Presentations on the following questions and topics are particularly welcome: what can memory studies bring to our understanding of economic transformation and vice versa? How do the memories of different social groups taking part in economic transformations differ and in what ways have they interacted with the increasingly critical public perception of the transformation years? Can we speak about “transformation myths” and how do these differ across the region? What were the effects of radically shifting economic paradigms on daily life and how have they been remembered? How have the economic transformations been captured in the media and how has public discourse changed over time? In what ways does scholarly discourse and popular memory of economic change diverge? What kind of memory politics are materialising in relation to the post-1989 economic transformations? In what ways have cultural representations acted as a vehicle of memory of the 1990s?
Confirmed keynote speakers:
Prof. Johanna Bockman (George Mason University)
Prof. Adam Mrozowicki (University of Wrocław)
Prof. Thomas Lindenberger (Hannah-Arendt-Institut)
The conference will take place on 28-30 October 2019 in Warsaw.
We encourage applicants to send abstracts at a maximum of 300 words, together with a brief biographical statement and the scan of signed Consent Clause of the conference abstract provider to email@example.com by 15 January 2019. 3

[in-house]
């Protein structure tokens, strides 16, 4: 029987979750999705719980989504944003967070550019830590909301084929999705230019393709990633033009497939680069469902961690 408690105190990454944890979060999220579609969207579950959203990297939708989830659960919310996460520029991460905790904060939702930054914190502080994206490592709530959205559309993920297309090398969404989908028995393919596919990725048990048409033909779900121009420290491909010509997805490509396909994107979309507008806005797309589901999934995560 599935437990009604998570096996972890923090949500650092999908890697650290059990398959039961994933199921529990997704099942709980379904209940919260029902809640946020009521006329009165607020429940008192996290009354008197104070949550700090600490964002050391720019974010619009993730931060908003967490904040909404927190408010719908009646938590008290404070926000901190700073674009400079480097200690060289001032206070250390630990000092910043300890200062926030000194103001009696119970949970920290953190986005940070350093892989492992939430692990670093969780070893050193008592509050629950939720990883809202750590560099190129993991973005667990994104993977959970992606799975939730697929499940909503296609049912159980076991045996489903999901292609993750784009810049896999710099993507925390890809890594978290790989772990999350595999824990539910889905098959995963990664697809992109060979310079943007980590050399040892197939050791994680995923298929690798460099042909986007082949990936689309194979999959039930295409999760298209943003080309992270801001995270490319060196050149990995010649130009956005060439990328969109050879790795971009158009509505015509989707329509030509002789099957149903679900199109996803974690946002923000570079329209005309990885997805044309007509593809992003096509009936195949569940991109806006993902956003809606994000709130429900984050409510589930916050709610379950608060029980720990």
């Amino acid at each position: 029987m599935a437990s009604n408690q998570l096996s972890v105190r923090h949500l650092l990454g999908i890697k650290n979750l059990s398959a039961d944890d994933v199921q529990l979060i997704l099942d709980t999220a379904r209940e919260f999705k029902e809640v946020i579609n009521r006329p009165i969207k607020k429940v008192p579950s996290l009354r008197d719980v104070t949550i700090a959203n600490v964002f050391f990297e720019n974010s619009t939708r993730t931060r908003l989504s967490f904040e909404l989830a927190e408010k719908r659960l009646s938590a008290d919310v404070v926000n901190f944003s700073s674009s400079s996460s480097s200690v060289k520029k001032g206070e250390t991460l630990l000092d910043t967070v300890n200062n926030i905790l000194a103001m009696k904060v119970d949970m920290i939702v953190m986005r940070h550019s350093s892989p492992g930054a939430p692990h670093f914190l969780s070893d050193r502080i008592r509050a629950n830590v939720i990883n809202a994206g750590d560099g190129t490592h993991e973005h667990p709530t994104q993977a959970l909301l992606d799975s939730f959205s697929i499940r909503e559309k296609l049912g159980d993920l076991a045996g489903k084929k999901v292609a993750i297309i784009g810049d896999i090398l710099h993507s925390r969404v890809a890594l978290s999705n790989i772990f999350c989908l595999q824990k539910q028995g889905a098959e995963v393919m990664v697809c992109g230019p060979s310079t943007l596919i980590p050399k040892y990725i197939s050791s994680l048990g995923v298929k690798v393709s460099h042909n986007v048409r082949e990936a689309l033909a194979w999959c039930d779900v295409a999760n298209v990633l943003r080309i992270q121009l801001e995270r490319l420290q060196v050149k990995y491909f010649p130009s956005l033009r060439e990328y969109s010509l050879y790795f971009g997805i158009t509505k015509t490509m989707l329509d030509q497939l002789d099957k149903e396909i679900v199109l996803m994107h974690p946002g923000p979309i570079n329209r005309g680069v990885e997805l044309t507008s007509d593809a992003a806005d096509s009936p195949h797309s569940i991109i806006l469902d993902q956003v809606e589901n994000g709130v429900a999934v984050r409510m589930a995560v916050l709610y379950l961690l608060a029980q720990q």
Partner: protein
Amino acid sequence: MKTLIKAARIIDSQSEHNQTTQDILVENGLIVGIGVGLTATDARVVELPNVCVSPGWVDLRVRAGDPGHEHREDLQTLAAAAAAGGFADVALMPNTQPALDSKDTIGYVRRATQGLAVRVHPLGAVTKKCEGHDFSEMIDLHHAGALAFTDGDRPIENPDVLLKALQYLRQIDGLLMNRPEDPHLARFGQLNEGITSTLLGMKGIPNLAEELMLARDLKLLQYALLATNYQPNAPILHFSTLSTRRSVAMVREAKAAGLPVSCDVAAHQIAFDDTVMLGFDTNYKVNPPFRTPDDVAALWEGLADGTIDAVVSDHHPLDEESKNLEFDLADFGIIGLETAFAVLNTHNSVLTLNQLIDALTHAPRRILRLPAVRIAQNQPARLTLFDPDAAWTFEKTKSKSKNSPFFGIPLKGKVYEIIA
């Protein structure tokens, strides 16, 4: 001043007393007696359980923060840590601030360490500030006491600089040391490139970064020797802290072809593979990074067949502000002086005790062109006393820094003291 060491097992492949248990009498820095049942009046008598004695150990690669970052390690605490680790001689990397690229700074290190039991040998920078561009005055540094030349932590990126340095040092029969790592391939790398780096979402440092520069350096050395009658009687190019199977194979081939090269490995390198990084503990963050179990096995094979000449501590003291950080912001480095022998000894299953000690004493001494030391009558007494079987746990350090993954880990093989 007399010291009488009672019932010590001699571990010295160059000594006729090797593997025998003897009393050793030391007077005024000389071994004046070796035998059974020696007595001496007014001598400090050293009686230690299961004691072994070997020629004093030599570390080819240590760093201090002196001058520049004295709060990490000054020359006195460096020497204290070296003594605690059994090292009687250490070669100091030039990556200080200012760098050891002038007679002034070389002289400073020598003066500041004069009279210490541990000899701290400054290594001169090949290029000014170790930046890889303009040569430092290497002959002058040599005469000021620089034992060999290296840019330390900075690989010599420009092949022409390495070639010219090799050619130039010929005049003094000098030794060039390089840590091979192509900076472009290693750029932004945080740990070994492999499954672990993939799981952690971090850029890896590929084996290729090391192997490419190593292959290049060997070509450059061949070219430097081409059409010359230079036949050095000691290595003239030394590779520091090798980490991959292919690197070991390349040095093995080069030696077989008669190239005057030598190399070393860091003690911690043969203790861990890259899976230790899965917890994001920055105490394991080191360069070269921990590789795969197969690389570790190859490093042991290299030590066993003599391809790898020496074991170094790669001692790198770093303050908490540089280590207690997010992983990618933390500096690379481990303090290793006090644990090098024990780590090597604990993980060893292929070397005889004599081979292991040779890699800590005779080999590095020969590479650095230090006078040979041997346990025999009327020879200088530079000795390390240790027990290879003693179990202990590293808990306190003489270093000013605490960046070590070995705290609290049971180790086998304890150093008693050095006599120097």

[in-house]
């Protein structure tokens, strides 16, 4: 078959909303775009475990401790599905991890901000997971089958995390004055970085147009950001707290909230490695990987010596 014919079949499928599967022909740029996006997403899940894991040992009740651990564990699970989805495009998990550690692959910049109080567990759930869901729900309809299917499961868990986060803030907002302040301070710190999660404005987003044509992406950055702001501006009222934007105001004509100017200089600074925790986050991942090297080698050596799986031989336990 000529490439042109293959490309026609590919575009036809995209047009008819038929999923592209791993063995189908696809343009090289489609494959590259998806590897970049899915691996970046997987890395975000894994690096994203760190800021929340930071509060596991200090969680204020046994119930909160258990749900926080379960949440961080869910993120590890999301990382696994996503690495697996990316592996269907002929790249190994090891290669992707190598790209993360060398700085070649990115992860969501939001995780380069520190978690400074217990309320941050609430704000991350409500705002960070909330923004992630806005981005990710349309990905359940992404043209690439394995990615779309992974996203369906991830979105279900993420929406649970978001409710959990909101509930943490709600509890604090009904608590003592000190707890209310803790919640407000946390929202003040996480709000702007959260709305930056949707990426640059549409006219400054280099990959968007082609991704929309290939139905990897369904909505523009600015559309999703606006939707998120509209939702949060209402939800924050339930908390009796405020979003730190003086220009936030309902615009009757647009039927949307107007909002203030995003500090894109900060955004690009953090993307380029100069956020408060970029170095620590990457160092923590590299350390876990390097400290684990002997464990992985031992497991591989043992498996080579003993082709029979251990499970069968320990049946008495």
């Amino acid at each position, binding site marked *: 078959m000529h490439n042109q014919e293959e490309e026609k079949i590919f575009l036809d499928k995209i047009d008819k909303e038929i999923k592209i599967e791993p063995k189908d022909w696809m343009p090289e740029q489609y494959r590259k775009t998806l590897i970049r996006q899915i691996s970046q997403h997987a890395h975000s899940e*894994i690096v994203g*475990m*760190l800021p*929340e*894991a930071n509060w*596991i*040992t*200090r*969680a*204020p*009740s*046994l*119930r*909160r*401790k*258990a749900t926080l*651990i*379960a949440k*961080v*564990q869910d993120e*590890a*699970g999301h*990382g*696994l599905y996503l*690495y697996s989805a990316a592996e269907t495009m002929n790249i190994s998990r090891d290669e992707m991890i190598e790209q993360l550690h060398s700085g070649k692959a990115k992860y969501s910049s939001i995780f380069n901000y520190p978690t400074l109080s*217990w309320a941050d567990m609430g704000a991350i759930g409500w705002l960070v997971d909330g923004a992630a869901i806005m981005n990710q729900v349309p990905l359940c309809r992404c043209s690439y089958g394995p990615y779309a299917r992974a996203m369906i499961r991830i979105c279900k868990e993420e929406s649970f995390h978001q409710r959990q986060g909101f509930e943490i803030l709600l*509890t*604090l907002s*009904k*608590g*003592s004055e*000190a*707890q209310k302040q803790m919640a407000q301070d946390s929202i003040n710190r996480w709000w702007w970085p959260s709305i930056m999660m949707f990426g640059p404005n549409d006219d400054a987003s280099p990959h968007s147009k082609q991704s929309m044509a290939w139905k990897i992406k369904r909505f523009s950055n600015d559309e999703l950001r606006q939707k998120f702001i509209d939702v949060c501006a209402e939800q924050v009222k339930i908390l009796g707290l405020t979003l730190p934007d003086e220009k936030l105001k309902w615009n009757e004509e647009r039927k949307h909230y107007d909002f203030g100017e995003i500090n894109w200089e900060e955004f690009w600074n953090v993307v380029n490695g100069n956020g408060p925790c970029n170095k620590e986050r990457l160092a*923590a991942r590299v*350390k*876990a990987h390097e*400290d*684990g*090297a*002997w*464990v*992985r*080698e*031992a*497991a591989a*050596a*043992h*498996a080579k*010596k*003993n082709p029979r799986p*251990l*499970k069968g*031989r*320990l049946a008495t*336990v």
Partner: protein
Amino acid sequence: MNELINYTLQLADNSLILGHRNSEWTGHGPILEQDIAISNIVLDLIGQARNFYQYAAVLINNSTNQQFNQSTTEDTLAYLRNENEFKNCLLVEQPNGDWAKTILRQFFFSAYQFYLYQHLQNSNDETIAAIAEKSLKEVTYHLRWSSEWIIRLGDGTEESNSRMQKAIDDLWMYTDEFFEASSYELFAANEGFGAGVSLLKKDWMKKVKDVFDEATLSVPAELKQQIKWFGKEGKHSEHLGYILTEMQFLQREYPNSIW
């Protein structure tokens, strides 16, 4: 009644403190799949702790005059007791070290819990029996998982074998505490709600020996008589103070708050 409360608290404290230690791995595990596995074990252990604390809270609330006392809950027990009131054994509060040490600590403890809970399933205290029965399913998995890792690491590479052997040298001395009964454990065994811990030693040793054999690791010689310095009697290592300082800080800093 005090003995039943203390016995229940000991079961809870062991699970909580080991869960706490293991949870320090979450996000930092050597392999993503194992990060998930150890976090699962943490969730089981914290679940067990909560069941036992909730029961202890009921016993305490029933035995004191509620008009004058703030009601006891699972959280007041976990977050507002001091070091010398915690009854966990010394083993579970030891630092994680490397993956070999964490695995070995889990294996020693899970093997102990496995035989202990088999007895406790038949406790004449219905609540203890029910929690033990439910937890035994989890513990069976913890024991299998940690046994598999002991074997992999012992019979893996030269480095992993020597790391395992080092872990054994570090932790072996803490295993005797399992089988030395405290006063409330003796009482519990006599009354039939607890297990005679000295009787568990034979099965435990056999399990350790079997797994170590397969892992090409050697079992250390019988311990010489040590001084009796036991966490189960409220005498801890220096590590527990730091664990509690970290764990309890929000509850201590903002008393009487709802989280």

Applicants will be notified of the results by 30 March 2019. Written draft papers (2,000- 2,500 words) should be submitted by 5 September 2019.
There will be an opportunity to publish some revised and extended papers in an edited volume or special issue.
While the organisers will fully cover accommodation expenses for all participants, reimbursement of travel expenses will be based on an application process with clear preference for early career researchers lacking support from their home institutions.
The conference language is English.
Dr Veronika Pehe (Institute for Contemporary History, Czech Academy of Sciences)
Dr Joanna Wawrzyniak (Institute of Sociology, University of Warsaw)
Dr Małgorzata Pakier (ENRS),
Dr Joanna Wawrzyniak (University of Warsaw)
Organiser: European Network Remembrance and Solidarity (ENRS)
Partners: Institute of Sociology, University of Warsaw; Institute for Contemporary History, Academy of Sciences of the Czech Republic